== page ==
Open-ended questions in the questionnaire

An open-ended question is an open question where the response is recorded verbatim. An open-ended question is nearly always also an open question. (It would be wasteful to record yes-no answers verbatim.) Open-ended questions are also known as ‘unstructured’ or ‘free- response’ questions.

Open-ended questions are used for a number of reasons:

  • The researcher cannot predict what the responses might be, or it is dangerous to do so. Questions about what is liked or disliked about a product or service should always be open-ended, as it would be presumptuous to assume what people might like or dislike by having a list of pre-codes.
  • We wish to know the precise phraseology that people use to respond to the question. We may be able to predict the general sense of the response but wish to know the terminology that people use.
  • We may wish to quote some verbatim responses in the report or pres­entation to illustrate something such as the strength of feeling that respondents feel. In response to the question ‘Why will you not use that company again?’, a respondent may write in: ‘They were — awful. They mucked me about for months, didn’t respond to my letters and when they did they could never get anything right. I shall never use them again.’ Had pre-codes been given on the questionnaire this might simply have been recorded as ‘Poor service’. The verbatim response provides much richer information to the end user of the research.
  • Through analysis of the verbatim responses, clients can determine if the customer is talking about a business process, a policy issue, a people issue (especially in service delivery surveys), etc. This enables them to determine the extent of any challenges they will face when reporting the findings of the survey to their management.

Common uses for open-ended questions include:

  • likes and dislikes of a product, concept, advertisement, etc;
  • spontaneous descriptions of product images;
  • spontaneous descriptions of the content of advertisements;
  • reasons for choice of product/store/service provider;
  • why certain actions were taken or not taken;
  • what improvements or changes respondents would like to see.

These are all directive questions, aimed at eliciting a specific type of response to a defined issue. In addition, non-directive questions can be asked, such as what, if anything, comes to mind when the respondent is shown a visual prompt, and whether there is anything else that the respondent wants to say on the subject. Questions that ask ‘What?’ or ‘Why?’ or ‘How?’, or for likes and dislikes, will commonly be open- ended.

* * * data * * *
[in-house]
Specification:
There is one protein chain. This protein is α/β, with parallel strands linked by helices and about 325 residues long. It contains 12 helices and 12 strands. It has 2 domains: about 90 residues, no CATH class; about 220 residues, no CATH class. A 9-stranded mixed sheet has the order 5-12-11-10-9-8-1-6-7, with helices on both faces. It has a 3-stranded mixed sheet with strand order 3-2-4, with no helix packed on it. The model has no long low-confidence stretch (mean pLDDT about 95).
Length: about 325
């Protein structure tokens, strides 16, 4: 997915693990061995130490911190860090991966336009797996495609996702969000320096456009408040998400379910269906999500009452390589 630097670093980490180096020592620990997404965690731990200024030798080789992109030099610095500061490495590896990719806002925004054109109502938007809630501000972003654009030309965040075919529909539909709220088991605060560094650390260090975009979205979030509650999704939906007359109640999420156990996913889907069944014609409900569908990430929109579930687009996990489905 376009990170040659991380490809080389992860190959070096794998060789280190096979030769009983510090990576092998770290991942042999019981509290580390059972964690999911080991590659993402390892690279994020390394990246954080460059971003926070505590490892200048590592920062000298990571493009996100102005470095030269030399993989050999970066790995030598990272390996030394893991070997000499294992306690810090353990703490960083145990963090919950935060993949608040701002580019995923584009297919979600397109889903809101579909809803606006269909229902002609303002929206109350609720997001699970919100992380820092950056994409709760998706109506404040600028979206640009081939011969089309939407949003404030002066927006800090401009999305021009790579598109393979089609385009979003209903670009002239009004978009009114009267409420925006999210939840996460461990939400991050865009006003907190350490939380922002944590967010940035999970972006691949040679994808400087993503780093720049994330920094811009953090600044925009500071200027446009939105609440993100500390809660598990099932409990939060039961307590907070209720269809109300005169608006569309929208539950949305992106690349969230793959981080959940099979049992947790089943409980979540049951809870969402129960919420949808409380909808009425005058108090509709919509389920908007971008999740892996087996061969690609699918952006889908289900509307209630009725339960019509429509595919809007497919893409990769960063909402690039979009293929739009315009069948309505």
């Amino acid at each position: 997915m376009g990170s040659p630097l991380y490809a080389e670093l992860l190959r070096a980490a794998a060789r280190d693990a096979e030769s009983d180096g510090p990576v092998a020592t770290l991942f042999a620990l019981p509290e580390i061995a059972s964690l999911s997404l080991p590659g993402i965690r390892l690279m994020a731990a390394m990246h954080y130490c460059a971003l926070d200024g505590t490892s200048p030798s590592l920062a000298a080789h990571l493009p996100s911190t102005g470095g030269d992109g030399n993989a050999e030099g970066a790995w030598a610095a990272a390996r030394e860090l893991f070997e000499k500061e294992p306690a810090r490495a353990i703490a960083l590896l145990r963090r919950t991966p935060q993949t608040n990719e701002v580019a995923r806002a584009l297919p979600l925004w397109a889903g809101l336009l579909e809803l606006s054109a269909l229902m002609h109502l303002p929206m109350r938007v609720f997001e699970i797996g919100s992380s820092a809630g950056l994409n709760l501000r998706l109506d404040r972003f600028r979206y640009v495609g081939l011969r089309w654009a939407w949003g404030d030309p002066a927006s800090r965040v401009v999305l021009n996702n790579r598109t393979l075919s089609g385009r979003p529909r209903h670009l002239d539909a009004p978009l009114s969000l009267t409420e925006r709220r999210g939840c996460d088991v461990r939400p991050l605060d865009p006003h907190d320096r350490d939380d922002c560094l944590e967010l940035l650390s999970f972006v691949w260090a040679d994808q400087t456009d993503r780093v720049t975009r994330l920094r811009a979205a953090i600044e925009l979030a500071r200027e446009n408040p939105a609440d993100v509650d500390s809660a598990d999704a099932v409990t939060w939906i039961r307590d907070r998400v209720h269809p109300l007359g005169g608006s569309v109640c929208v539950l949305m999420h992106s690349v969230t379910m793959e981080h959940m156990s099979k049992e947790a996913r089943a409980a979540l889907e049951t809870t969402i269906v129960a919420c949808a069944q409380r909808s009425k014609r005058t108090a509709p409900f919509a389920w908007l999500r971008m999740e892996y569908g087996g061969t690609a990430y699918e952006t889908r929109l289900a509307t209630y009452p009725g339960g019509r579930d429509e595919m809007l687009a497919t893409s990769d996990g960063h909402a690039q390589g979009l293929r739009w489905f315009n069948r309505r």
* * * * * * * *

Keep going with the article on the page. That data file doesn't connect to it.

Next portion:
Open-ended questions are easy to ask but suffer from several draw­backs:

  • In interviewer-administered surveys they are subject to error in the way and the detail with which the interviewer records the answer.
  • Respondents frequently find it difficult both to recognize and to artic­ulate how they feel. This is particularly true of negative feelings, so that asking open-ended questions about what people dislike about something tends to generate a high level of ‘Nothing’ or ‘Don’t know’ responses.
  • Without the clues given by an answer list, respondents sometimes misunderstand the question or answer the question that they want to answer rather than the one on the questionnaire.
  • Analysing the responses can be a difficult, time-consuming and rela­tively expensive process.

In addition, some commentators (Peterson, 2000) see verbosity of respon­dents as a problem with open-ended questions. It is argued that if one respondent says only one thing that he or she likes about a product, but another says six things, then the latter respondent will be given six times the weight of the former in the analysis. To even this up, only the first response of the more verbose respondent is counted. In practice, inter­viewers are trained to extract as much detail as possible from respon­dents at open-ended questions. The objective is to identify the full range of responses given by all respondents and to determine the proportion of the sample that agrees with each of them.